Strawberries | Storage and Preparation
Brief History of Strawberries
In the early 18th century, French explorers discovered a plump, red berry cultivated by the Indians of Chile in South America. They took several plants home with them. In 1714, the Chilean berry was crossed with a wild meadow strawberry discovered in colonial Virginia. The result was a luscious strawberry similar to what we now eat.
- Arkansas strawberries are available from late April through the month of May.
- Select fully ripe strawberries with a natural shine, rich red color and bright green caps.
- White or pale pink berries do not become sweeter after they are picked and should not be purchased.
- Strawberries with bruises or without caps do not store well and should not be purchased.
- Twelve very large berries or 36 small berries equals a pint. One pint yields about 3¼ cups whole, 2¼ cups sliced or 1²/ ³ cups pureed berries.
- Medium-size berries are more flavorful than large berries.
- Always remove bruised, rotted or molded berries before storing.
- Refrigerate strawberries immediately after purchase.
- Never rinse the berries or remove the caps before storing. Removing the cap early can reduce flavor, texture and nutrient quality.
- Strawberries can only be stored for a couple of days in the refrigerator. If held longer, a grey mold may develop.
- For optimal refrigeration, place berries no more than two berries deep in a shallow container or tray covered with waxed paper or plastic wrap.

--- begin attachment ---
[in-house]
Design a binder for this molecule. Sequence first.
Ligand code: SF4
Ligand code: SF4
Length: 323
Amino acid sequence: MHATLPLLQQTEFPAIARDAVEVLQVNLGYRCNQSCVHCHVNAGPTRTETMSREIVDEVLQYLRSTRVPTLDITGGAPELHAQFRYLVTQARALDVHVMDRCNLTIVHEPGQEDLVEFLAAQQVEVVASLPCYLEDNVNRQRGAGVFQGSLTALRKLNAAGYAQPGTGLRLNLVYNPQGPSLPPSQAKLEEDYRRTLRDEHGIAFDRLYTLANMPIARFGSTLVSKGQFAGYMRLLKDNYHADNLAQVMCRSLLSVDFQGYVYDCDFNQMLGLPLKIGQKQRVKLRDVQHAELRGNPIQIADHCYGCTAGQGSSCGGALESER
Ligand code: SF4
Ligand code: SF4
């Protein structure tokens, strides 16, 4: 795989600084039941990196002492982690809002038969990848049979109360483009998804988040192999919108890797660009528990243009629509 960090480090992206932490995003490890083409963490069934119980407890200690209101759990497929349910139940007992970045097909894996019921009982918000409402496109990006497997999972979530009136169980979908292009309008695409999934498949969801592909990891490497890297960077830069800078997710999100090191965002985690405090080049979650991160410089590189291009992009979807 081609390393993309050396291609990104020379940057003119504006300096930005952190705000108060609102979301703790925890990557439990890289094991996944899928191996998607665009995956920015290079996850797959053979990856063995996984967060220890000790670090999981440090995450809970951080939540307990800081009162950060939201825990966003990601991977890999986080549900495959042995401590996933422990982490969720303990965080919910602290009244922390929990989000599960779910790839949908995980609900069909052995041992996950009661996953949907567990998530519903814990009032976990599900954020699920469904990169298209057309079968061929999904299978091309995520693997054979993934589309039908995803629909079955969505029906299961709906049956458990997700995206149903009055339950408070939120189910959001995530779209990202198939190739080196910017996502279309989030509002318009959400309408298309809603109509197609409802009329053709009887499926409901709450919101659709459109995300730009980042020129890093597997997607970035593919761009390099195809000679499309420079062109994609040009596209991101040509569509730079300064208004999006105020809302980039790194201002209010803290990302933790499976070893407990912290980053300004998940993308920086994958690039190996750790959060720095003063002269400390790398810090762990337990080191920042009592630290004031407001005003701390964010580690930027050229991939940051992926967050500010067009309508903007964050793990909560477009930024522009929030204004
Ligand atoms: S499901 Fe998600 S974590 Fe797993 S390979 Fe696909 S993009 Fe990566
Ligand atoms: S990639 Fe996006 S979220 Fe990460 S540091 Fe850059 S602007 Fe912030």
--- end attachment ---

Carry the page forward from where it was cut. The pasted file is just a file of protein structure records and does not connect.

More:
Ideas for Strawberries
- Dip whole, rinsed strawberries into melted semisweet chocolate, then place on waxed paper and chill until chocolate hardens.
- Add crushed strawberries to fresh lemonade or limeade.
- Make a refreshing strawberry cooler by combining equal amounts of sliced strawberries, low-fat or fat-free yogurt and milk in a blender. Sweeten with honey to taste.
- For a quick breakfast, top toasted frozen pancakes or waffles with sliced strawberries and your favorite syrup.
- Stir finely chopped strawberries into softened low-fat or fat-free cream cheese and spread on bagels or toast.
- 1 pint fresh strawberries, wash and remove caps
- ¹/³ cup sugar
- 1 teaspoon fresh lemon or lime juice
- ¼ teaspoon vanilla extract
- In a food processor, combine strawberries, sugar, lemon or lime juice and vanilla.
- Puree, then chill.
- Serve over custard, ice cream or pound cake.
- Serving Size = 2 tablespoons
- Calories: 31
- Fiber: 0.5 g
- Carbohydrate: 8 g
- Cholesterol: 0 mg
- Protein: 0 g
- Sodium: 0.5 mg
- Fat: 0 g
- 4 cups of Orange juice
- 1 cup fresh strawberries
- 2 large bananas
- 6 ice cubes
- Whole strawberries
- Combine half of first four ingredients in a container or electric blender; process until frothy.
- Pour into stemmed glasses, and garnish each with a whole strawberry.
- Repeat procedure with remaining ingredients.
Yield: about 8 cups.
- Serving Size = 1 cup
- Calories: 95 Fat: 0 g
- Carbohydrate: 23 g
- Fiber: 1.5 g
- Protein: 1 g
- Cholesterol: 0 mg
- Sodium: 2 mg
- 8 ounces Neufchatel cheese or low-fat cream cheese, softened
- 1 tablespoon honey
- 1 teaspoon grated lemon zest
- 4 English muffins, split and toasted
- 2 cups (about 10 ounces) sliced stemmed strawberries
- In food processor, process cheese, honey and zest until well mixed, or mix in bowl with a wooden spoon.
- Spread 1 tablespoon cheese mixture on cut side of 1 muffin half; top with ¼ cup strawberries.
- Repeat with remaining ingredients to make 8 openfaced sandwiches.
Makes 4 servings.
Tip: Make cheese mixture ahead and store in refrigerator.
- Calories: 215
- Carbohydrate: 37 g
- Cholesterol: 11 mg
- Fiber: 4 g
- Protein: 7 g
- Fat: 5 g
- Sodium: 277 mg
Preserve your strawberries with our freezer jam recipe!
Read the instructions and download the recipe